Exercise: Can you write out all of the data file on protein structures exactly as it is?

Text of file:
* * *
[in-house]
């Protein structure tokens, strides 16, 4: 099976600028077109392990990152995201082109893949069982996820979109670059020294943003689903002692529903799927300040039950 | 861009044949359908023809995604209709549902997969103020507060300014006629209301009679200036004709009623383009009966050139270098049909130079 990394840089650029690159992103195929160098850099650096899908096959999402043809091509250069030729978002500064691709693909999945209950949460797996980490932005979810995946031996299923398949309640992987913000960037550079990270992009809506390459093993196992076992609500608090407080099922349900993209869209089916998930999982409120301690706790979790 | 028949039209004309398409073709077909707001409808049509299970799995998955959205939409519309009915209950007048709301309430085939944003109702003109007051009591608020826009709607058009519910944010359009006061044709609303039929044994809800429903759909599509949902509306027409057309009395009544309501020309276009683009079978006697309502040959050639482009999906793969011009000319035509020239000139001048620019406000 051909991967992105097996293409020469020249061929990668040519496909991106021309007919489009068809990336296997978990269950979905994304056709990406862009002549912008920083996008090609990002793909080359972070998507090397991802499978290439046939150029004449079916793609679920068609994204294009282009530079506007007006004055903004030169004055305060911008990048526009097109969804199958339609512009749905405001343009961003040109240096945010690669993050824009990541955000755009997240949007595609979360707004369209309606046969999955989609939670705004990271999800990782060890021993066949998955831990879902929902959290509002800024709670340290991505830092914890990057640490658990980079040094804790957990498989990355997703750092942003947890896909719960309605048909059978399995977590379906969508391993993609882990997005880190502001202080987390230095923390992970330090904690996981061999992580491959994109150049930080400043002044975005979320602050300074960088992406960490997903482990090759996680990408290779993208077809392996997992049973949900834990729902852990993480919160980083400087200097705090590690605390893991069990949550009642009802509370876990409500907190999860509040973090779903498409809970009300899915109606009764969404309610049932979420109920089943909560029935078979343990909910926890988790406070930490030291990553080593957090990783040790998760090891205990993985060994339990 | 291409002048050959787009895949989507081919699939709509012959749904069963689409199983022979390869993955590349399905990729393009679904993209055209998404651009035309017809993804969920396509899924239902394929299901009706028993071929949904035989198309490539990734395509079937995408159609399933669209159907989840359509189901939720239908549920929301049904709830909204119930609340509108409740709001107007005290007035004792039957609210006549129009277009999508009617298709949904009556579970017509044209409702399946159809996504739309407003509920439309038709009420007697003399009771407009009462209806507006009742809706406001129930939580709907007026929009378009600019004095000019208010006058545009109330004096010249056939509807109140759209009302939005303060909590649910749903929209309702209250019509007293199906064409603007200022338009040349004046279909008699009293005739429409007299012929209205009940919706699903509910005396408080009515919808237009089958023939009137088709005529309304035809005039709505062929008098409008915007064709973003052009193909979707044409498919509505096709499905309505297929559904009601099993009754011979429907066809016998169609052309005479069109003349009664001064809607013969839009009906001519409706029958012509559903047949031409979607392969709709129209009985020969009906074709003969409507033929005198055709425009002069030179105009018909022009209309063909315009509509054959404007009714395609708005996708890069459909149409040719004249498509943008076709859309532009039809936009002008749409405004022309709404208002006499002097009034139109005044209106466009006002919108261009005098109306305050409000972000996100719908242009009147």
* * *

[in-house]
């Protein structure tokens, strides 16, 4: 099976600028077109392990990152995201082109893949069982996820979109670059020294943003689903002692529903799927300040039950 | 861009044949359908023809995604209709549902997969103020507060300014006629209301009679200036004709009623383009009966050139270098049909130079 990394840089650029690159992103195929160098850099650096899908096959999402043809091509250069030729978002500064691709693909999945209950949460797996980490932005979810995946031996299923398949309640992987913000960037550079990270992009809506390459093993196992076992609500608090407080099922349900993209869209089916998930999982409120301690706790979790 | 028949039209004309398409073709077909707001409808049509299970799995998955959205939409519309009915209950007048709301309430085939944003109702003109007051009591608020826009709607058009519910944010359009006061044709609303039929044994809800429903759909599509949902509306027409057309009395009544309501020309276009683009079978006697309502040959050639482009999906793969011009000319035509020239000139001048620019406000 051909991967992105097996293409020469020249061929990668040519496909991106021309007919489009068809990336296997978990269950979905994304056709990406862009002549912008920083996008090609990002793909080359972070998507090397991802499978290439046939150029004449079916793609679920068609994204294009282009530079506007007006004055903004030169004055305060911008990048526009097109969804199958339609512009749905405001343009961003040109240096945010690669993050824009990541955000755009997240949007595609979360707004369209309606046969999955989609939670705004990271999800990782060890021993066949998955831990879902929902959290509002800024709670340290991505830092914890990057640490658990980079040094804790957990498989990355997703750092942003947890896909719960309605048909059978399995977590379906969508391993993609882990997005880190502001202080987390230095923390992970330090904690996981061999992580491959994109150049930080400043002044975005979320602050300074960088992406960490997903482990090759996680990408290779993208077809392996997992049973949900834990729902852990993480919160980083400087200097705090590690605390893991069990949550009642009802509370876990409500907190999860509040973090779903498409809970009300899915109606009764969404309610049932979420109920089943909560029935078979343990909910926890988790406070930490030291990553080593957090990783040790998760090891205990993985060994339990 | 291409002048050959787009895949989507081919699939709509012959749904069963689409199983022979390869993955590349399905990729393009679904993209055209998404651009035309017809993804969920396509899924239902394929299901009706028993071929949904035989198309490539990734395509079937995408159609399933669209159907989840359509189901939720239908549920929301049904709830909204119930609340509108409740709001107007005290007035004792039957609210006549129009277009999508009617298709949904009556579970017509044209409702399946159809996504739309407003509920439309038709009420007697003399009771407009009462209806507006009742809706406001129930939580709907007026929009378009600019004095000019208010006058545009109330004096010249056939509807109140759209009302939005303060909590649910749903929209309702209250019509007293199906064409603007200022338009040349004046279909008699009293005739429409007299012929209205009940919706699903509910005396408080009515919808237009089958023939009137088709005529309304035809005039709505062929008098409008915007064709973003052009193909979707044409498919509505096709499905309505297929559904009601099993009754011979429907066809016998169609052309005479069109003349009664001064809607013969839009009906001519409706029958012509559903047949031409979607392969709709129209009985020969009906074709003969409507033929005198055709425009002069030179105009018909022009209309063909315009509509054959404007009714395609708005996708890069459909149409040719004249498509943008076709859309532009039809936009002008749409405004022309709404208002006499002097009034139109005044209106466009006002919108261009005098109306305050409000972000996100719908242009009147």